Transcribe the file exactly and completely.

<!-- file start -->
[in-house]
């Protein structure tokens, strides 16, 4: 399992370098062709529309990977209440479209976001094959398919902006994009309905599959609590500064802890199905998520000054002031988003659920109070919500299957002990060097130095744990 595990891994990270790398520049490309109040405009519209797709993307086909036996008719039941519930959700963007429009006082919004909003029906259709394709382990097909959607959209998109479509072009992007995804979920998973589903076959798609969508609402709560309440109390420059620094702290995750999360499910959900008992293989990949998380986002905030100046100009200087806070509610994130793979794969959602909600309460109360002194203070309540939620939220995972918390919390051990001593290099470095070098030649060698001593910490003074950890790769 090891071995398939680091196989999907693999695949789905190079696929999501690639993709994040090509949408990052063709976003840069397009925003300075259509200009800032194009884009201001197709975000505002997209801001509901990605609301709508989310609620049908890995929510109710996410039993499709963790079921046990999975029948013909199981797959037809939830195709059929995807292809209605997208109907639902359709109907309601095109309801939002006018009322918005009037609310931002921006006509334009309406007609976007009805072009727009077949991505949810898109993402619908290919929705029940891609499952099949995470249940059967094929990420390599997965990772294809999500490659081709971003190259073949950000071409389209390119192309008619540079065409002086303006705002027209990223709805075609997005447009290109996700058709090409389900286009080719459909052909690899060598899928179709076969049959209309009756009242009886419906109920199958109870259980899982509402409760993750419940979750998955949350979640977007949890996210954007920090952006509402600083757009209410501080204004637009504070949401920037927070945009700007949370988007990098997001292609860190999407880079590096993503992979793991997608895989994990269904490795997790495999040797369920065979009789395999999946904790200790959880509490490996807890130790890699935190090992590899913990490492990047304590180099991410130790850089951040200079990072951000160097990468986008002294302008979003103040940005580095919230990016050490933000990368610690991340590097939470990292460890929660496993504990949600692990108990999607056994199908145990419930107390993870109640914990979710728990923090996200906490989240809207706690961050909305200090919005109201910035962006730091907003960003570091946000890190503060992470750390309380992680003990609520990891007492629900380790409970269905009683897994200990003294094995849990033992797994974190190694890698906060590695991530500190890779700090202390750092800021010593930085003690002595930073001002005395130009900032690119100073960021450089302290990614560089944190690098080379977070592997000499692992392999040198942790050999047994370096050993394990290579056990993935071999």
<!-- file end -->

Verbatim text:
[in-house]
């Protein structure tokens, strides 16, 4: 399992370098062709529309990977209440479209976001094959398919902006994009309905599959609590500064802890199905998520000054002031988003659920109070919500299957002990060097130095744990 595990891994990270790398520049490309109040405009519209797709993307086909036996008719039941519930959700963007429009006082919004909003029906259709394709382990097909959607959209998109479509072009992007995804979920998973589903076959798609969508609402709560309440109390420059620094702290995750999360499910959900008992293989990949998380986002905030100046100009200087806070509610994130793979794969959602909600309460109360002194203070309540939620939220995972918390919390051990001593290099470095070098030649060698001593910490003074950890790769 090891071995398939680091196989999907693999695949789905190079696929999501690639993709994040090509949408990052063709976003840069397009925003300075259509200009800032194009884009201001197709975000505002997209801001509901990605609301709508989310609620049908890995929510109710996410039993499709963790079921046990999975029948013909199981797959037809939830195709059929995807292809209605997208109907639902359709109907309601095109309801939002006018009322918005009037609310931002921006006509334009309406007609976007009805072009727009077949991505949810898109993402619908290919929705029940891609499952099949995470249940059967094929990420390599997965990772294809999500490659081709971003190259073949950000071409389209390119192309008619540079065409002086303006705002027209990223709805075609997005447009290109996700058709090409389900286009080719459909052909690899060598899928179709076969049959209309009756009242009886419906109920199958109870259980899982509402409760993750419940979750998955949350979640977007949890996210954007920090952006509402600083757009209410501080204004637009504070949401920037927070945009700007949370988007990098997001292609860190999407880079590096993503992979793991997608895989994990269904490795997790495999040797369920065979009789395999999946904790200790959880509490490996807890130790890699935190090992590899913990490492990047304590180099991410130790850089951040200079990072951000160097990468986008002294302008979003103040940005580095919230990016050490933000990368610690991340590097939470990292460890929660496993504990949600692990108990999607056994199908145990419930107390993870109640914990979710728990923090996200906490989240809207706690961050909305200090919005109201910035962006730091907003960003570091946000890190503060992470750390309380992680003990609520990891007492629900380790409970269905009683897994200990003294094995849990033992797994974190190694890698906060590695991530500190890779700090202390750092800021010593930085003690002595930073001002005395130009900032690119100073960021450089302290990614560089944190690098080379977070592997000499692992392999040198942790050999047994370096050993394990290579056990993935071999």